For the past few years sambar in Yushan National Park have been found gnawing bark off trees, sometimes “girdling” the entire tree by gnawing the bark along its entire circumference, cutting off the transmission of nutrients and killing the tree. The park administration opened up an investigation into the problem. Preliminary findings point to the sambar needing calcium for the growth of their antlers, and stripping the tree bark to supplement the nutrient. The exact reason for this still requires further analysis. Future research will also look into how to address the problem, and how to avoid trees dying because their bark is being stripped, altering the forest physiognomy and ecology.
The park administration says it has been investigating the problem of sambar gnawing tree bark along the Nanzih Siansi Forest Road in the park area. Research focusing on the Red Cypress coniferous trees has discovered that the gnawing occurs mostly between March and May, during the spring.
This period, between March and May, coincides with the time the antlers of the park’s sambars are hardening. It is at this time that they need calcium, and this nutrient is found in the bark of the Red Cypress coniferous trees. It is thought that the sambars are gnawing the bark to obtain calcium. To protect the trees in the park, animal salt blocks are being placed in the area, to provide for the sambars’ nutritional needs. It is hoped that this measure will reduce the bark stripping.
Photo courtesy of Yushan National Park
Another investigation has been taking place in the Tataka area of the park over the past few years. The initial findings of this investigation is that the bark gnawing is occurring in the period from May through November, mostly in the summer and fall, different from the time in the Nanzih Siansi Forest Road area.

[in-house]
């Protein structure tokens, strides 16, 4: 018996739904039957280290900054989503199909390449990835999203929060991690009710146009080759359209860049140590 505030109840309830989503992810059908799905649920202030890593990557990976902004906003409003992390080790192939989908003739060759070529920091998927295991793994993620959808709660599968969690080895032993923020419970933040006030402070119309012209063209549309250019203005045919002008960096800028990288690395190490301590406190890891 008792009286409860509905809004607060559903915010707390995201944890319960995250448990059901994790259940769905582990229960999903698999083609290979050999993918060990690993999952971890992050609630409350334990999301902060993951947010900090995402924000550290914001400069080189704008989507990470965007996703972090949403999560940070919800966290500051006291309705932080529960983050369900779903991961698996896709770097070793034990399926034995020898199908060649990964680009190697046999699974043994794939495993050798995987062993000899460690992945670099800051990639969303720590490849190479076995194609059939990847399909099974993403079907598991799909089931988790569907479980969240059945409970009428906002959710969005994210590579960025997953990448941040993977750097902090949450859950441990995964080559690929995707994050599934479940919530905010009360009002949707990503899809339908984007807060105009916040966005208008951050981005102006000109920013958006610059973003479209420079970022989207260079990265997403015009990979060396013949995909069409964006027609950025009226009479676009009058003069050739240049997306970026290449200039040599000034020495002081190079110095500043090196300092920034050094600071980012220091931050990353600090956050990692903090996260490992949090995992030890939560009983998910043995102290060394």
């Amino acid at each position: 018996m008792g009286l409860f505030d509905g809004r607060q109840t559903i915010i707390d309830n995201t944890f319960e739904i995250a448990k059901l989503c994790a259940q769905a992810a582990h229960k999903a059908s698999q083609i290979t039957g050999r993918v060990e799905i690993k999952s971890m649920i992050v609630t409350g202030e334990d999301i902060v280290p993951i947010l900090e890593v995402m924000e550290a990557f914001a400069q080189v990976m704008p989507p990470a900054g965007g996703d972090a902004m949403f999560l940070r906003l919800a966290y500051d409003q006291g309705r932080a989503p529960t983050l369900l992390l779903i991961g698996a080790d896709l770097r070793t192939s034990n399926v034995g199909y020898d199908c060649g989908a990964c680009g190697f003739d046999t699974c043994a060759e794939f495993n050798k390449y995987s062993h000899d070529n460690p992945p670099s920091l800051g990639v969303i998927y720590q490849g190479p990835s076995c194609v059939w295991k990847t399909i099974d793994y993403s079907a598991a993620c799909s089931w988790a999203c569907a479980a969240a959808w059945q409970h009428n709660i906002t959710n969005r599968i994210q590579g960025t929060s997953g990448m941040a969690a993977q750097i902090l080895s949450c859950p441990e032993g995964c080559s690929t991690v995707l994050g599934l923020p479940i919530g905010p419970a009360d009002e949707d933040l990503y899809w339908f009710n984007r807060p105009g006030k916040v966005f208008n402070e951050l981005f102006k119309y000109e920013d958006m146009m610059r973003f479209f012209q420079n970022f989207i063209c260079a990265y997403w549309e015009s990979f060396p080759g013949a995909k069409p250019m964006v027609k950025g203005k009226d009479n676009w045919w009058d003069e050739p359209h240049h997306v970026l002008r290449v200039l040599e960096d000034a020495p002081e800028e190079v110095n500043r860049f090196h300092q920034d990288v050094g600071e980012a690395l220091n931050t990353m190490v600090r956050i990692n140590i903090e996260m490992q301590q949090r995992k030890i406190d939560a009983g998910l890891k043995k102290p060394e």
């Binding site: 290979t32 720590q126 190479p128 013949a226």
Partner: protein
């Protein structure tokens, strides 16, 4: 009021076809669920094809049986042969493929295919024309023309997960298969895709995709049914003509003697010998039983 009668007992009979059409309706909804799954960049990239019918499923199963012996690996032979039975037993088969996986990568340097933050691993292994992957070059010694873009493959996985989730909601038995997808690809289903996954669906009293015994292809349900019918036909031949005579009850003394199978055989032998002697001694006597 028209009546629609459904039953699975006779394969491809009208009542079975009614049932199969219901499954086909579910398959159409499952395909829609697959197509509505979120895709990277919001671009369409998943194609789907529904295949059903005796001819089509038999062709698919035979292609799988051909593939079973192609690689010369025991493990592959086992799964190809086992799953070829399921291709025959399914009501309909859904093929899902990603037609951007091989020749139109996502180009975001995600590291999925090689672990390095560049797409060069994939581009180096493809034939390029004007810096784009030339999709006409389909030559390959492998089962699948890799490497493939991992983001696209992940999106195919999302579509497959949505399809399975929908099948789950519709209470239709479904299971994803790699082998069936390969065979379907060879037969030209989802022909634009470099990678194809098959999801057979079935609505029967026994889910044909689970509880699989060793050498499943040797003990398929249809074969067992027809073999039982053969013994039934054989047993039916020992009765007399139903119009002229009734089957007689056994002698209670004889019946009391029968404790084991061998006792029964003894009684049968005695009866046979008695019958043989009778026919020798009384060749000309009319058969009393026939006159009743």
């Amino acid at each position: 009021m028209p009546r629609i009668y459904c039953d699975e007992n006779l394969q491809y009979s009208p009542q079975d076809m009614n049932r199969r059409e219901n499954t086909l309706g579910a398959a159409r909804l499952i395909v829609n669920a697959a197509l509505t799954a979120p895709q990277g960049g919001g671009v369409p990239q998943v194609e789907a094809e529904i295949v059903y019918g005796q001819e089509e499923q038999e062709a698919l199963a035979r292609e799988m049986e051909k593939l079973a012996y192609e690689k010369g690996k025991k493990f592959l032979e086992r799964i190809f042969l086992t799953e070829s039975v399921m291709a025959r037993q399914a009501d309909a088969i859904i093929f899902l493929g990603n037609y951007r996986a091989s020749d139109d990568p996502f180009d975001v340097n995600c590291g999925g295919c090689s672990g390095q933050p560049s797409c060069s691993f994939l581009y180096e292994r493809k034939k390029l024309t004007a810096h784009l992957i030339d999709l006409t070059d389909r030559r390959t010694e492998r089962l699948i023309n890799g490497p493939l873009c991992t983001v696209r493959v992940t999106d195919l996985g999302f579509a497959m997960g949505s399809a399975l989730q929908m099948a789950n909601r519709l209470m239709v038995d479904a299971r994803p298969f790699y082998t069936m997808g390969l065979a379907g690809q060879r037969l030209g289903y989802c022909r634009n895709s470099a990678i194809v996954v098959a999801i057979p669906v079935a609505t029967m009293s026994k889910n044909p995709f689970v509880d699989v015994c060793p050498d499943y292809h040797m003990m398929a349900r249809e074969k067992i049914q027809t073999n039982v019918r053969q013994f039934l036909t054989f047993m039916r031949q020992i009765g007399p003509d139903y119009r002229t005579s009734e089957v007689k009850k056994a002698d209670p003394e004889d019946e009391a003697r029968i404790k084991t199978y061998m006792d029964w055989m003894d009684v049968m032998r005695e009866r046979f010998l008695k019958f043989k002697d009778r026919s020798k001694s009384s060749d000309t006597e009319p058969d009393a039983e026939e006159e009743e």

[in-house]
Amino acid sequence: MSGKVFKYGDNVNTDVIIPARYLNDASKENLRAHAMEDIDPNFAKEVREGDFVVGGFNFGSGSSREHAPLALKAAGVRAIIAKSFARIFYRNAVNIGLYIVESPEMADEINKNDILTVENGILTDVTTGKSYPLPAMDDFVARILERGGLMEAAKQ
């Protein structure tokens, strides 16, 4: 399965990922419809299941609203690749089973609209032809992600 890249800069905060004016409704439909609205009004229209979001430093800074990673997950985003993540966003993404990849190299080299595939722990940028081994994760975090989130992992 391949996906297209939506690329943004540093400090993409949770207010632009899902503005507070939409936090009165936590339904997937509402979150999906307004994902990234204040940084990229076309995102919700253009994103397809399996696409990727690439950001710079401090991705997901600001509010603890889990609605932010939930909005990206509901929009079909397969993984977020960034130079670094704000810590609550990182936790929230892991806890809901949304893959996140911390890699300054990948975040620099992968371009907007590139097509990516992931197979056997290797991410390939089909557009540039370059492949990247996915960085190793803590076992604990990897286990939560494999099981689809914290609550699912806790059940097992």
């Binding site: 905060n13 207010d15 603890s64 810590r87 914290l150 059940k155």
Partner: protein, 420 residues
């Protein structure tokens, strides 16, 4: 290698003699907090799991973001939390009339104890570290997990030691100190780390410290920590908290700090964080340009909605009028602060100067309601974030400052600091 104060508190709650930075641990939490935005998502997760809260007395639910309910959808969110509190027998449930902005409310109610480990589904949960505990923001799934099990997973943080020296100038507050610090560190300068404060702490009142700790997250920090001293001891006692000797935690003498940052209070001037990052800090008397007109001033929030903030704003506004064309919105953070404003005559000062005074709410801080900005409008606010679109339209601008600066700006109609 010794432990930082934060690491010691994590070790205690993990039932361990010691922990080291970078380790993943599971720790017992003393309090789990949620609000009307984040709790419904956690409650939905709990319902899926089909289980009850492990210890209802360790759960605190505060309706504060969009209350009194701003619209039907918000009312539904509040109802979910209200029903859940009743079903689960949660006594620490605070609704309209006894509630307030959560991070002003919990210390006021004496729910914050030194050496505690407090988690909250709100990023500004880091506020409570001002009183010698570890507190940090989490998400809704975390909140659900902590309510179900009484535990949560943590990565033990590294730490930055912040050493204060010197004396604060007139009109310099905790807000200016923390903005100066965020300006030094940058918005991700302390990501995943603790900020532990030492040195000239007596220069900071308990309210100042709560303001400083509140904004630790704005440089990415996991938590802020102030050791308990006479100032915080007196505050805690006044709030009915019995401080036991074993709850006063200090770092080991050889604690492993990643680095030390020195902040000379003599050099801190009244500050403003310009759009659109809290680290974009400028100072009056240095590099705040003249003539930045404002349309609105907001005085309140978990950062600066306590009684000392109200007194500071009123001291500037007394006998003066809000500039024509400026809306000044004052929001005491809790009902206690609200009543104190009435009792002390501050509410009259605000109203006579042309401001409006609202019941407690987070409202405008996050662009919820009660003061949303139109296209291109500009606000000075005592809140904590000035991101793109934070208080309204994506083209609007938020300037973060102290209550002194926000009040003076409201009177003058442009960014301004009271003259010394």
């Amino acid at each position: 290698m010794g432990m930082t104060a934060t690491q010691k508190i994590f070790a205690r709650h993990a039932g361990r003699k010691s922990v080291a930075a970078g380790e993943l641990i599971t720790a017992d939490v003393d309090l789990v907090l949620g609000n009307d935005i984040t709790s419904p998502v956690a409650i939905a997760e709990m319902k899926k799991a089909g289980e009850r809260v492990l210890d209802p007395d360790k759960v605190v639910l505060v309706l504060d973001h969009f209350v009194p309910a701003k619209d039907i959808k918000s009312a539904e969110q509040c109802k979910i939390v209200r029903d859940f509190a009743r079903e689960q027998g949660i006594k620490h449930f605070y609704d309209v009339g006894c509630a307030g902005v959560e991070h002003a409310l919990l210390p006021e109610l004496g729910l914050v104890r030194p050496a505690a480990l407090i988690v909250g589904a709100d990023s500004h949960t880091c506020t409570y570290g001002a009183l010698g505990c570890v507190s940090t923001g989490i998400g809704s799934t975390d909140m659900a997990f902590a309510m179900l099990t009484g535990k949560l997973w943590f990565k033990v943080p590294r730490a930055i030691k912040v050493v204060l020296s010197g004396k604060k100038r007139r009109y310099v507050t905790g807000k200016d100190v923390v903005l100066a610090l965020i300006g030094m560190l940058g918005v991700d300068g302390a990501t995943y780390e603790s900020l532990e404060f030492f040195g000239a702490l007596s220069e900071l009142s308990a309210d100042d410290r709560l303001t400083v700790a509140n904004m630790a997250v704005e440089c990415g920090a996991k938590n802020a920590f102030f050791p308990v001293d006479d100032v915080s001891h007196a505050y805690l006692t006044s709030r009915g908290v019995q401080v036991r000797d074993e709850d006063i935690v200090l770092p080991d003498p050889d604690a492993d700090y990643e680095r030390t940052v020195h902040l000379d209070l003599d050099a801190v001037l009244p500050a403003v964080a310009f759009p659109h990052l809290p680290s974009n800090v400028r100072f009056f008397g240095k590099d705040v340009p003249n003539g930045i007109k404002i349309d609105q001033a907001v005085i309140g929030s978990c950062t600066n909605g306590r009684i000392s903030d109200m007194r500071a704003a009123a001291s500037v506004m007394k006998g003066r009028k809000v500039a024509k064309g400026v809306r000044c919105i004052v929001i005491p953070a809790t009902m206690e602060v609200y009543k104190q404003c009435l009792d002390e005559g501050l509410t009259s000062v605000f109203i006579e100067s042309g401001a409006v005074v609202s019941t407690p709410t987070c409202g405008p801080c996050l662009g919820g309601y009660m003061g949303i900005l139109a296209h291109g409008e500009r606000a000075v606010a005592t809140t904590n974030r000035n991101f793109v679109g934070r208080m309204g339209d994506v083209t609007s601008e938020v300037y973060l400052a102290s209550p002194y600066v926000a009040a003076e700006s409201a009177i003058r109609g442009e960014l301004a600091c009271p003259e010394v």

In the future, the height above sea level and the forest physiognomy of the two areas will be compared, to clarify what is producing the different bark gnawing behavior. This could be because the sambar herds are migrating through the areas. This information will be used as a reference for future forest conservation efforts.
(Translated by Paul Cooper, Taipei Times)
Photo courtesy of Yushan National Park
Chinese automobile manufacturer Zotye Auto is a household name in China. The company is famous for manufacturing copies of car models by luxury international brands including Audi, Porsche and Lamborghini. After a long delay, on June 22, Zotye Auto finally released its 2019 year end financial results. The report revealed that last year, the automaker suffered losses of 11.2 billion yuan (approximately NT$46.6 billion), or an average of 30 million yuan per day. The company’s market value also shrank from 30 billion yuan to a mere 3.6 billion yuan. Even worse, because the company is unable to guarantee the authenticity,
Onions, with their sweet aroma, are a popular cooking ingredient, used in both Western and Eastern cuisines. Today, however, information is appearing online suggesting that onions should not be eaten with fish, shrimp, seaweed or honey, as these combinations cause kidney stones. But is there any truth to this? The Taiwan FactCheck Center asked dieticians and experts and confirmed that this information was false. Onion loving foodies everywhere can breathe a sigh of relief. According to information on certain social media platforms, onions should not be eaten together with fish, as the fish has a high protein content, and the oxalic
Pluto, a frigid little world inhabiting the solar system’s outer reaches, may have been born as a warmer place sheltering a subsurface ocean that still exists today, researchers said on Monday. An analysis of images of its surface taken in 2015 by NASA’s New Horizons spacecraft and computer simulations of the dwarf planet’s interior led the researchers to propose a “hot start” scenario for Pluto’s formation some 4.5 billion years ago as the solar system, including Earth, took shape. “When Pluto was forming, new material would have been coming in and impacting its surface. Each impact is like an explosion that
Segway Inc. announced last week that it will end production of its iconic two-wheeled personal vehicle starting July 15. When the company launched the product nearly two decades ago, it boldly claimed that its namesake two-wheeler would revolutionize the way people move, but it only sold 140,000 units across the world. The Segway was criticized for the high price tag of US$4,950 (about NT$147,000). It was also challenging to ride, because riders must maintain a balance at a specific angle for the vehicle to move forward, and can easily be thrown off if they lose control. Several months after buying the